The Supreme Court of the United States (SCOTUS) again confirmed that labels for generic products must be the same as the innovator drug that they copy.  In addition, SCOTUS determined that the claim of design defects claim in a product liability case cannot be asserted against a generic because the generic product must have the same active ingredient(s), dosage form, route of administration and strength as the product that it copies.  The full Supreme Court decision in the Mutual Pharmaceutical v Bartlett can be found here.  

One other interesting twist in the case relates to the argument as to how one court suggested a firm could act to avoid a design-defect claim.  As stated in the decision “A jury found Mutual liable on respondent’s design-defect claim and awarded her over $21 million. The First Circuit affirmed. As relevant, it found that neither the FDCA nor the FDA’s regula­tions pre-empted respondent’s design-defect claim. It distinguished PLIVA, Inc. v. Mensing, 564 U. S. ___—in which the Court held that failure-to-warn claims against generic manufacturers are pre-empted by the FDCA’s prohibition on changes to generic drug labels—by arguing that generic manufacturers facing design-defect claims could comply with both federal and state law simply by choosing not to make the drug at all. ­” Luckily for all concerned, this dog did not fly.  And the court noted:  “The First Circuit’s rationale—that Mutual could escape the im­possibility of complying with both its federal- and state-law duties by choosing to stop selling sulindac—is incompatible with this Court’s pre-emption cases, which have presumed that an actor seeking to sat­isfy both federal- and state-law obligations is not required to cease acting altogether.”   Had this rationale been accepted, this certainly would have thrown the pharmaceutical industry into a no win situation and would also have likely been an extreme detriment to the many thousands of patients that might otherwise benefit from a particular drug.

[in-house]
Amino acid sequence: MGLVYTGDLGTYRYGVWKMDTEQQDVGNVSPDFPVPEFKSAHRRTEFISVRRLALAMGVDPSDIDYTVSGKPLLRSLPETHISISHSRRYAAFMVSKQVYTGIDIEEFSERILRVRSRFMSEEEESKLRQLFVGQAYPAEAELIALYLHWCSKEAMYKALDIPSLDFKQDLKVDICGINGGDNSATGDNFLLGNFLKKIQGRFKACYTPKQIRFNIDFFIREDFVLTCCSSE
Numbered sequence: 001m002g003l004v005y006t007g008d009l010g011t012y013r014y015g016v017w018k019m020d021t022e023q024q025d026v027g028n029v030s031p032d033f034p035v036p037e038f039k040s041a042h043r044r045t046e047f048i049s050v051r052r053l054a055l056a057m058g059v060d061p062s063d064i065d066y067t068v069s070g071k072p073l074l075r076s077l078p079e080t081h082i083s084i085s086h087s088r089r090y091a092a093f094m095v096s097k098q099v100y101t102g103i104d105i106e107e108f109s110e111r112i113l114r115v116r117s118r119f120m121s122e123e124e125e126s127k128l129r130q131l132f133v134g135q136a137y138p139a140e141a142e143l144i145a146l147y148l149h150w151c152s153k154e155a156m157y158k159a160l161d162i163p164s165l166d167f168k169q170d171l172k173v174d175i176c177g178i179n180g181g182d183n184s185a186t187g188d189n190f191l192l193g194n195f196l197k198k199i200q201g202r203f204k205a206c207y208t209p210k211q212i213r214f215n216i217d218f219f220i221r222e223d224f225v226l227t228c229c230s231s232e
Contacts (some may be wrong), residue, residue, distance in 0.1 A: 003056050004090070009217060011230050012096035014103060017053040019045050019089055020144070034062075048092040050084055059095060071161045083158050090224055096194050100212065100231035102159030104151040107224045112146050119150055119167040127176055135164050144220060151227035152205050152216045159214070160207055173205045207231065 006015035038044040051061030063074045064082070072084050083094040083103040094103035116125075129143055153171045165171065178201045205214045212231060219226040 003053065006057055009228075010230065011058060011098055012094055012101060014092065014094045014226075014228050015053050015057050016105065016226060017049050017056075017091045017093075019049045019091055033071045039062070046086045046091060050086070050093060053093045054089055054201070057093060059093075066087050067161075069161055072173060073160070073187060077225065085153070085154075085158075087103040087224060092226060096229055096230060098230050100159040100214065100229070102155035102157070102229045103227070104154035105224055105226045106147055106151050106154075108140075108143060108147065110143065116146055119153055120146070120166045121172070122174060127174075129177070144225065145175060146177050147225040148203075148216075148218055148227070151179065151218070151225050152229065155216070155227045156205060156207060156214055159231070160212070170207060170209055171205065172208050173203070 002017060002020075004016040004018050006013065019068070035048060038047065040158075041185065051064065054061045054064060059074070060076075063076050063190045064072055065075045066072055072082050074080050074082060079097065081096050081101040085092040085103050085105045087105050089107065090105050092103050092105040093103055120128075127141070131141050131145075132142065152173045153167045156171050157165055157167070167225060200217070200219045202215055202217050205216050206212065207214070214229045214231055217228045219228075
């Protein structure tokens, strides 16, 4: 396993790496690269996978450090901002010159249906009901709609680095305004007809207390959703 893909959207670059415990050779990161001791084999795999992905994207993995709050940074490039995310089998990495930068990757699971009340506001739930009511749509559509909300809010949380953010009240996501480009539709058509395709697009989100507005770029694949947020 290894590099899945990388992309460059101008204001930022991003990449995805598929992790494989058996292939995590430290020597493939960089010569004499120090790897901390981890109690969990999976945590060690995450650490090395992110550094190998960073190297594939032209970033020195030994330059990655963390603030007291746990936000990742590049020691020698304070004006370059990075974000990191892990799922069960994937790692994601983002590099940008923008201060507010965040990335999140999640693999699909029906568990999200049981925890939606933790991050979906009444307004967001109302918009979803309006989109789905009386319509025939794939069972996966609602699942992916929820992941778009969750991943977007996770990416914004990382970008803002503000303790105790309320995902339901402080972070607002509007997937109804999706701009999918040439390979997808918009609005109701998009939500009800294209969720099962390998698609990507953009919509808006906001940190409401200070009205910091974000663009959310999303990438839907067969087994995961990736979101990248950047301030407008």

The Court’s decision also, in my opinion, leaves the decision on the safety and efficacy of drug products in the FDA’s hands where it belongs, and not in the hands of jurors, where it does not.

As noted in my post of February 5, 2013 (here), the DOJ hinted that FDA might be looking to change its regulations to permit certain changes to generic drug warnings.  However, now we have two Supreme Court decisions that expressly state that Federal law (as we have always maintained) requires the generic labeling to be the same as that of the reference listed drug upon which it relies for its basis of approval.  Even FDA cannot change the law simply by changing a regulation.  We need to see where this one goes.